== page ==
Relations between Pakistan and Afghanistan have been in a perpetual state of escalating tensions, which have been primarily due to mistrust; unfulfilled expectations; counterterrorism differences; failure of the peace process with the Afghan Taliban; reignited border disputes and issues regarding Afghan refugees. More recently, a spike in cross-border attacks and clashes along their joint border have led to fatalities on both sides and have further deteriorated ties into, what may be the worst of Pak-Afghan crisis witnessed in the past few decades.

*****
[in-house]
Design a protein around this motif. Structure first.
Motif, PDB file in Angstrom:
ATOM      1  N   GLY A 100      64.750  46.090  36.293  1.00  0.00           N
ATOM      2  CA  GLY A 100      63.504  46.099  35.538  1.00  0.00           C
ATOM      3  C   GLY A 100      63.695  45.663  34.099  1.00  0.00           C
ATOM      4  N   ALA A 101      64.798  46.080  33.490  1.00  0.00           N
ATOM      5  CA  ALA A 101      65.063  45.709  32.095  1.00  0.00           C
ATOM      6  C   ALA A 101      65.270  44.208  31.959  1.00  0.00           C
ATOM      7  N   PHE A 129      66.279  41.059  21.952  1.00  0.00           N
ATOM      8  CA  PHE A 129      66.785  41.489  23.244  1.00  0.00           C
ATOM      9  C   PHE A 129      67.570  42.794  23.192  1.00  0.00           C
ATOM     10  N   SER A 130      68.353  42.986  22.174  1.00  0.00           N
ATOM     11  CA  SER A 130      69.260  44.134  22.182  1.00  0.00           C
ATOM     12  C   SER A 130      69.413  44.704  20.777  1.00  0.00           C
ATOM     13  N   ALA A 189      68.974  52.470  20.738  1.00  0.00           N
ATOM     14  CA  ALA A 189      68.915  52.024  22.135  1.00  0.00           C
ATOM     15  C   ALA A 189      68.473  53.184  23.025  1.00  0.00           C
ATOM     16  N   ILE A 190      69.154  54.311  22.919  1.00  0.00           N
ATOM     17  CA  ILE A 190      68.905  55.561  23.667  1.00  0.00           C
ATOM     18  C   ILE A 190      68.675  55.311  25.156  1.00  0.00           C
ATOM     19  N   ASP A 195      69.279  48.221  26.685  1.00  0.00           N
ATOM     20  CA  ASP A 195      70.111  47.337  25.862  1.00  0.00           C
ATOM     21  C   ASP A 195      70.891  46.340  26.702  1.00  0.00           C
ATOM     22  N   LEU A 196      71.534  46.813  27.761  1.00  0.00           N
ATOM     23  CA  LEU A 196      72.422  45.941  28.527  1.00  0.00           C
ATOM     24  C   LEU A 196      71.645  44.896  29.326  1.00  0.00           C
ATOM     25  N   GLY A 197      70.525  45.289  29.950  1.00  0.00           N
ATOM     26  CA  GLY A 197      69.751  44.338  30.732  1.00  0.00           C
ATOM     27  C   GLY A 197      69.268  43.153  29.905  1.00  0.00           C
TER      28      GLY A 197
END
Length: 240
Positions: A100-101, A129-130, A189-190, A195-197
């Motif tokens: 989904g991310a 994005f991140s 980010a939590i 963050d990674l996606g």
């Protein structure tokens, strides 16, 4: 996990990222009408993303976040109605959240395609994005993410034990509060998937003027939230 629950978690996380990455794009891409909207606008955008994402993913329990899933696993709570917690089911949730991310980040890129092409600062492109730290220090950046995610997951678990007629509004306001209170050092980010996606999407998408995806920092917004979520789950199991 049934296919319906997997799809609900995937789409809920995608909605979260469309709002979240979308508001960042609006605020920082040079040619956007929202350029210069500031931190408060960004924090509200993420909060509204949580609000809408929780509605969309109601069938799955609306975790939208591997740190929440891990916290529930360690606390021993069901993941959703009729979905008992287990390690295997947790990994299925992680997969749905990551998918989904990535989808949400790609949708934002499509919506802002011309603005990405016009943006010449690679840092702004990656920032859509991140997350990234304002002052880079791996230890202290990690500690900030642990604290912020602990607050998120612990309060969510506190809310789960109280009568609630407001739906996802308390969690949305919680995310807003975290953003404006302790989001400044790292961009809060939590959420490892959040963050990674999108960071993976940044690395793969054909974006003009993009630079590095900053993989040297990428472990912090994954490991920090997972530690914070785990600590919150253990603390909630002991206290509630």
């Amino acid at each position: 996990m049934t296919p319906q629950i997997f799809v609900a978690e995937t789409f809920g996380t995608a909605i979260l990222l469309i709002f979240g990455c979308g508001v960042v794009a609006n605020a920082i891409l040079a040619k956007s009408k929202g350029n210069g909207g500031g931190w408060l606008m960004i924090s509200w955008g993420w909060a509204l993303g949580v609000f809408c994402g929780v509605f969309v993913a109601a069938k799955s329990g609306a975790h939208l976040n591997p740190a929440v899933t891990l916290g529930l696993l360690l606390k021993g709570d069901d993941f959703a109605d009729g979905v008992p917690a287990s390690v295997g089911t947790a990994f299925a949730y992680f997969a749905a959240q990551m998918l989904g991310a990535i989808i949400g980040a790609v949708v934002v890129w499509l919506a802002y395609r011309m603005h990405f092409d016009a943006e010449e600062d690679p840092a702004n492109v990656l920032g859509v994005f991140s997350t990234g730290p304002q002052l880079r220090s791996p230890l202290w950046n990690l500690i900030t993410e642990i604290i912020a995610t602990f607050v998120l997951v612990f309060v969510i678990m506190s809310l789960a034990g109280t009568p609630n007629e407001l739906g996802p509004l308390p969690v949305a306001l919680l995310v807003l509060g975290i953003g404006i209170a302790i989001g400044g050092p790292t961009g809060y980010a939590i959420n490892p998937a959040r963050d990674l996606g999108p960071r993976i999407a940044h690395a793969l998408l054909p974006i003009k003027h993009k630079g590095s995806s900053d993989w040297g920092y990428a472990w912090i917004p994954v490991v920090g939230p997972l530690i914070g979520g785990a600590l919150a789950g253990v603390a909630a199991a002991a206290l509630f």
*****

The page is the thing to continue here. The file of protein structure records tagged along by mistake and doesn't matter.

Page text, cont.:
The Pak-Afghan border was one that used to witness an unprecedented and unmonitored movement of around 50,000 to 60,000 people daily, with more than 90 per cent of the flow originating from Afghanistan into Pakistan. Since 2001, Pakistan and Afghanistan have been facing immense domestic security threats largely emanating from the unrestricted movement of militants across the Pak-Afghan border. However, every time Pakistan has raised the issue of border recognition, management or regulation, there has been stern opposition from Afghanistan. Although initially the border issue was downplayed by both states, the Afghan State’s non-acceptance of the border and increase in militancy in Pakistan, cross-border attacks and movement of militants led to a resolve within Pakistan to advocate for effective management and regulation of its border.